Cultural warriors

Perhaps the most glaring is another Brandis appointment. In his
previous employment with the IPA, Tim Wilson called for the abolition of
the Human Rights Commission. Now he’s Human Rights Commissioner,
pulling a salary of some $400,000 inclusive of perks.



There are a couple of other Brandis specials. As discussed in The Saturday Paper
in more detail a couple of weeks ago, he appointed Gerard Henderson,
68, founder of the Sydney Institute, former chief-of-staff to John
Howard and indefatigable culture warrior, as chairman of the judging
panel for the nonfiction and history category of the Prime Minister’s
Literary Awards, Australia’s richest book prize.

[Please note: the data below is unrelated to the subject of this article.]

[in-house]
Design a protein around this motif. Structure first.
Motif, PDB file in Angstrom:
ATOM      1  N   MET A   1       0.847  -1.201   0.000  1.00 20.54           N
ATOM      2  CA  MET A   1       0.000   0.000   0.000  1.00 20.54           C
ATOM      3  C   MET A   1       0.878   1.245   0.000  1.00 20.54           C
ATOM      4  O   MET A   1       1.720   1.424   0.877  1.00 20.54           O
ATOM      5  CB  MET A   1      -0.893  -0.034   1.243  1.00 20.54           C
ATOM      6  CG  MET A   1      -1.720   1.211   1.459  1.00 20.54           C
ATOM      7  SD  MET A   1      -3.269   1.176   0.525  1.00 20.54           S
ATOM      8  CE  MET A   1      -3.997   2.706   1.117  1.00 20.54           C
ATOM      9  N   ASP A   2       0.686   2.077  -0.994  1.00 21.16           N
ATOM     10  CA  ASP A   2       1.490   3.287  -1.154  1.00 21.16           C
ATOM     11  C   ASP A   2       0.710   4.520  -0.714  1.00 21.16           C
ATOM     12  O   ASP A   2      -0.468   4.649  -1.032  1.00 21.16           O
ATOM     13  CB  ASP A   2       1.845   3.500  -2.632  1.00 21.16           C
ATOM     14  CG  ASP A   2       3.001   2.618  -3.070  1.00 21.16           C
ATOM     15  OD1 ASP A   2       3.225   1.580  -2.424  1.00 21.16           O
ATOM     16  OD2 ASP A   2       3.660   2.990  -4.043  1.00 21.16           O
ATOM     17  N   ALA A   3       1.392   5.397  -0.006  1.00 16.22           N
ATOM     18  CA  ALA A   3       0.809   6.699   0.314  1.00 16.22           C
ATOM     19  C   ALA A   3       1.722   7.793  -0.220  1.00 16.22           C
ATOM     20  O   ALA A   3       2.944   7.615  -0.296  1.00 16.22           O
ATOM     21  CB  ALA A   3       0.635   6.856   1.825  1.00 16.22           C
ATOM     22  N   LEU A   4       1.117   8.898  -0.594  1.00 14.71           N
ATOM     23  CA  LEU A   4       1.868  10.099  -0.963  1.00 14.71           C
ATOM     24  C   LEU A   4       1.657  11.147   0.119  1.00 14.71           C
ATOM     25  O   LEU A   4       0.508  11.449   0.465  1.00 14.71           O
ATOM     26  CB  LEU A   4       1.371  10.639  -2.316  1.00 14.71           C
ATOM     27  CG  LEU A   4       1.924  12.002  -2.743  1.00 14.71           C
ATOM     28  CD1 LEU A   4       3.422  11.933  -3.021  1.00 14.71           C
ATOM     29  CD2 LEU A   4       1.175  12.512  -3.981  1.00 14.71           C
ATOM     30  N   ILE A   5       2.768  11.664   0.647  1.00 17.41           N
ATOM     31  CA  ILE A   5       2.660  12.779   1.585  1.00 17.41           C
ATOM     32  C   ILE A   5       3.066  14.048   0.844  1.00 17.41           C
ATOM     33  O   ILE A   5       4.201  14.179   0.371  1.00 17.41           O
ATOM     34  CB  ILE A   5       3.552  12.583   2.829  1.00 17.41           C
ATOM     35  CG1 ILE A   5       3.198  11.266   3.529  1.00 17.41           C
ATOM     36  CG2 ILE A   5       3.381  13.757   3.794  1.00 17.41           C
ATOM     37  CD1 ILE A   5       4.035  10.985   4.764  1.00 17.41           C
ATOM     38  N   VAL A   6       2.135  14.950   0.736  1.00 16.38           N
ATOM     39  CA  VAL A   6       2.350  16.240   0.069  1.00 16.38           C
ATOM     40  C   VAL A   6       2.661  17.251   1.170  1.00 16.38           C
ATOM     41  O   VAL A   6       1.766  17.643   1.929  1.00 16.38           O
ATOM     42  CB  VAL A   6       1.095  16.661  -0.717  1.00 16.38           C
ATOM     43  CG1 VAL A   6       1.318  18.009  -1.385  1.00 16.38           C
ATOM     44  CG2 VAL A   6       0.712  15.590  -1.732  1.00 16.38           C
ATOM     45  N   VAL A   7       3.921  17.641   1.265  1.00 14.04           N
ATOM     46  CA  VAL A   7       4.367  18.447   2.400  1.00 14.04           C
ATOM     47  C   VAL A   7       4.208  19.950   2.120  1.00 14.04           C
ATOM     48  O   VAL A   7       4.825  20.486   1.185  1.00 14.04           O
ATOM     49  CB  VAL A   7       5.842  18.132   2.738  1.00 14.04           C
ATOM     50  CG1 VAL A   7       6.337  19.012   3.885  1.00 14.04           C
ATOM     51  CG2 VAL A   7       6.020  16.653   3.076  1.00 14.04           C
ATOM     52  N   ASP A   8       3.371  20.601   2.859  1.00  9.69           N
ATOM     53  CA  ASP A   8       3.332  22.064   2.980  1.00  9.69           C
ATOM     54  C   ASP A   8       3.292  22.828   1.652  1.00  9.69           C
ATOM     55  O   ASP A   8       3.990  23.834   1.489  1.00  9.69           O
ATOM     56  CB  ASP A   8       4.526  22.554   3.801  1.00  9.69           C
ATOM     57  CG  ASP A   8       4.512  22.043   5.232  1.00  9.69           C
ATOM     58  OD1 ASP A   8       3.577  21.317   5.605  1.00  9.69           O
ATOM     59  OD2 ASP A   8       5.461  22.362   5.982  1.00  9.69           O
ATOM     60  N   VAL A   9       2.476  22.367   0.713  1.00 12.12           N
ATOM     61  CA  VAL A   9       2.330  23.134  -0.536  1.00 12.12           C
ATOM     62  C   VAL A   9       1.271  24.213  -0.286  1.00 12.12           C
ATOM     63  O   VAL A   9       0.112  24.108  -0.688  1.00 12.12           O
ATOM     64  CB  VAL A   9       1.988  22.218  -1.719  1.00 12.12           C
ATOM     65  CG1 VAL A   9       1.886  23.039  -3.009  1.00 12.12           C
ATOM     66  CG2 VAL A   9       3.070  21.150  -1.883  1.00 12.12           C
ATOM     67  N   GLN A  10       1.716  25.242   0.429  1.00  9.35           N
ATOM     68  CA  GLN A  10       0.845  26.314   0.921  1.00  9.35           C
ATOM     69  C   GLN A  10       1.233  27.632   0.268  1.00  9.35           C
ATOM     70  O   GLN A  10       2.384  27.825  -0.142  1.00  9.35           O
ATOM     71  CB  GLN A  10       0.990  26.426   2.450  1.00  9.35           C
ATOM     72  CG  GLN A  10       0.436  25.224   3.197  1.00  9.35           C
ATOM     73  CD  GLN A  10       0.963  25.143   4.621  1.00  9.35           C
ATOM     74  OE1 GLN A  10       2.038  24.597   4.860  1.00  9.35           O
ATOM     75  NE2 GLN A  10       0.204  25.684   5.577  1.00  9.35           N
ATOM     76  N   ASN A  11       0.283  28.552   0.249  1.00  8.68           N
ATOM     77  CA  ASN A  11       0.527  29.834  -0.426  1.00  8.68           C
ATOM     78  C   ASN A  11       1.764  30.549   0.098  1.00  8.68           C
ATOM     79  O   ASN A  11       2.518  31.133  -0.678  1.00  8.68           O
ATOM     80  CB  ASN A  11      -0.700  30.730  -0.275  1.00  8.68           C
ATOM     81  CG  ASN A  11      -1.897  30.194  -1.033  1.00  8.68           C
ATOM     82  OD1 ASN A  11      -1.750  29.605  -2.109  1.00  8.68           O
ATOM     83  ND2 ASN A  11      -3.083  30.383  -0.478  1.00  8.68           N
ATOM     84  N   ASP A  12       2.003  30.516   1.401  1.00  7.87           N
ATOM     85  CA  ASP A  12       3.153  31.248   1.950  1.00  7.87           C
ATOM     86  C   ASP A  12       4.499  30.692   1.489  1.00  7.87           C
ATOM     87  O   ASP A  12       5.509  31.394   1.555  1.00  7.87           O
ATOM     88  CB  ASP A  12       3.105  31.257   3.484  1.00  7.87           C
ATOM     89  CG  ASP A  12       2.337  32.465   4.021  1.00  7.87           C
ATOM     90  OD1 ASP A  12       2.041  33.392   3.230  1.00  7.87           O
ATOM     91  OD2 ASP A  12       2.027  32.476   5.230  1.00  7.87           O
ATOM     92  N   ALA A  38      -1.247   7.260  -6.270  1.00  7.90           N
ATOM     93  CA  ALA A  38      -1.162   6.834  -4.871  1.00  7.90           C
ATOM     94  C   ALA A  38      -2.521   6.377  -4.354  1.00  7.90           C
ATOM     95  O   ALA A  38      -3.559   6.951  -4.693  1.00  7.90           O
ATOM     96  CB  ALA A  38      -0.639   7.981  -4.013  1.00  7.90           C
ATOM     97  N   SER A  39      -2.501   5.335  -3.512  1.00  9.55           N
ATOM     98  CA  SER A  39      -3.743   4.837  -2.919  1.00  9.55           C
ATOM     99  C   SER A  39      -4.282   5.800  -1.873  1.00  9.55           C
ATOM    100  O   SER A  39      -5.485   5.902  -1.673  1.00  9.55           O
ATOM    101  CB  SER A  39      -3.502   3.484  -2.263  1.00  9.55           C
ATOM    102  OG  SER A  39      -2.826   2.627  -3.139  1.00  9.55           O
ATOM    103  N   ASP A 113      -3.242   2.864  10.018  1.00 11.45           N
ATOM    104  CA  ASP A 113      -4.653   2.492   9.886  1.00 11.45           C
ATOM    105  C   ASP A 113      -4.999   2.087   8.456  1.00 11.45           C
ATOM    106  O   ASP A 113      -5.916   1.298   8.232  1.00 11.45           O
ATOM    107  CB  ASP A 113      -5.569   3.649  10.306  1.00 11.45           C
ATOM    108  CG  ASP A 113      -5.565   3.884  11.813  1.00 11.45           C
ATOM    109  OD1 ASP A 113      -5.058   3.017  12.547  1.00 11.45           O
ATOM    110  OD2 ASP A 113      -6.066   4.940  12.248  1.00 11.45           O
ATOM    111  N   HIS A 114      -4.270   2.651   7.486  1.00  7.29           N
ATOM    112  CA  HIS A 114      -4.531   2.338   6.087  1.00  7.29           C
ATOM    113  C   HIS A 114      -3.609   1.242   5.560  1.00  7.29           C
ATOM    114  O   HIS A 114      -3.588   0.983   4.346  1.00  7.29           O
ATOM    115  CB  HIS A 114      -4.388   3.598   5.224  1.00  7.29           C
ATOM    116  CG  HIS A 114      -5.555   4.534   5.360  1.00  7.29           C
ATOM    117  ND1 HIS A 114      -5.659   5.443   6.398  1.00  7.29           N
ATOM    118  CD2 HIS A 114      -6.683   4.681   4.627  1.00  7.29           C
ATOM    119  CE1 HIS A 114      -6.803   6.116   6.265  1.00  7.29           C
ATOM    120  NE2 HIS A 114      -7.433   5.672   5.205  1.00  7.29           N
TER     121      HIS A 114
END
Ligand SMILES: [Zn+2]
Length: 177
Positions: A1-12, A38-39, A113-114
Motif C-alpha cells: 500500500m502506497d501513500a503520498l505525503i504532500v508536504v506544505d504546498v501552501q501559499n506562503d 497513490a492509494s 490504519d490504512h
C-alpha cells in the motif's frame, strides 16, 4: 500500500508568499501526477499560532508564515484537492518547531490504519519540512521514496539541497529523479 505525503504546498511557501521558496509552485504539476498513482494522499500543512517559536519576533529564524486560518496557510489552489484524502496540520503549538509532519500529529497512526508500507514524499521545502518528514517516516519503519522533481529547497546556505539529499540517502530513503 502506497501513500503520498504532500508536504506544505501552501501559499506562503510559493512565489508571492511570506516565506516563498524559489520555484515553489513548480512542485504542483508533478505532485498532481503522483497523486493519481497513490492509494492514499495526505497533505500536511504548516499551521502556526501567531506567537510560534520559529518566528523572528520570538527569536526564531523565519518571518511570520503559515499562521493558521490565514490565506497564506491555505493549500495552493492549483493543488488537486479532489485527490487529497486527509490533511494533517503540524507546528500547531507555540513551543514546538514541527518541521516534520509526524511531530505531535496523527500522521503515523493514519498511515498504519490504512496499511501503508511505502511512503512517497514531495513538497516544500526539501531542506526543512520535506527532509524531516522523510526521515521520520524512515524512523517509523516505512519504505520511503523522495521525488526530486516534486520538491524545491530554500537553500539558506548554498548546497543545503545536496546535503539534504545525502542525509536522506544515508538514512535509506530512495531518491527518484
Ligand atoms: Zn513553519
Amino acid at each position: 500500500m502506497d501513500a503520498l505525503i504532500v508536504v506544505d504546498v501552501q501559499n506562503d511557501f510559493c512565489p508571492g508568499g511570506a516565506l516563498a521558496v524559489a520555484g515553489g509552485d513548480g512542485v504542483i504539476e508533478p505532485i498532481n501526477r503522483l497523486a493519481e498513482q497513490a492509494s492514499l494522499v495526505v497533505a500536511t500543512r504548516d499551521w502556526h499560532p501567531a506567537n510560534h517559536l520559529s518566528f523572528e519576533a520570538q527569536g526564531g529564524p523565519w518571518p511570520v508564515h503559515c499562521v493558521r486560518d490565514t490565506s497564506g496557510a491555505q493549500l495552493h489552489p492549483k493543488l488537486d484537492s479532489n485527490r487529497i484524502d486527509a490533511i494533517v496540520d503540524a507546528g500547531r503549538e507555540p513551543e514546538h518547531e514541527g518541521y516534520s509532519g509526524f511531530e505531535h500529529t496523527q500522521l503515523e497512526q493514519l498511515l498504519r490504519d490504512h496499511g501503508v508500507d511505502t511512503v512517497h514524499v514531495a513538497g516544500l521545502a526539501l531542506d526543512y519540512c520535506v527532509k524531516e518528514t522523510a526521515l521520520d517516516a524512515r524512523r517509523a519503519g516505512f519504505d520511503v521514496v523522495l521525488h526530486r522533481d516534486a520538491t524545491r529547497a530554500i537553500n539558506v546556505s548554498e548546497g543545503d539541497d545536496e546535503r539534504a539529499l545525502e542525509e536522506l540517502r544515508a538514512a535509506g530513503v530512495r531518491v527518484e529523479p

Brandis was apparently untroubled by Henderson’s long, deep and
public animosity towards many of Australia’s foremost practitioners in
the field. Also appointed was another former Liberal MP, Peter Coleman,
85.



The latest manoeuvres in the long right-wing campaign to nobble the national broadcaster further illustrate the point.


The ABC is particularly problematic for Coalition governments. While
they and their supporters in the Murdoch media hate it, the public
overwhelmingly supports it. The ABC is by far the most trusted media
organisation in the country.



John Howard tried effecting change from the top, appointing a Liberal
chairman, Donald McDonald. But McDonald turned out to be a fair-minded
defender of the organisation. In 2006 he was replaced by the
aforementioned Maurice Newman. Still, the right was dissatisfied. Indeed
the godfather of climate change denialism, Lord Christopher Monckton,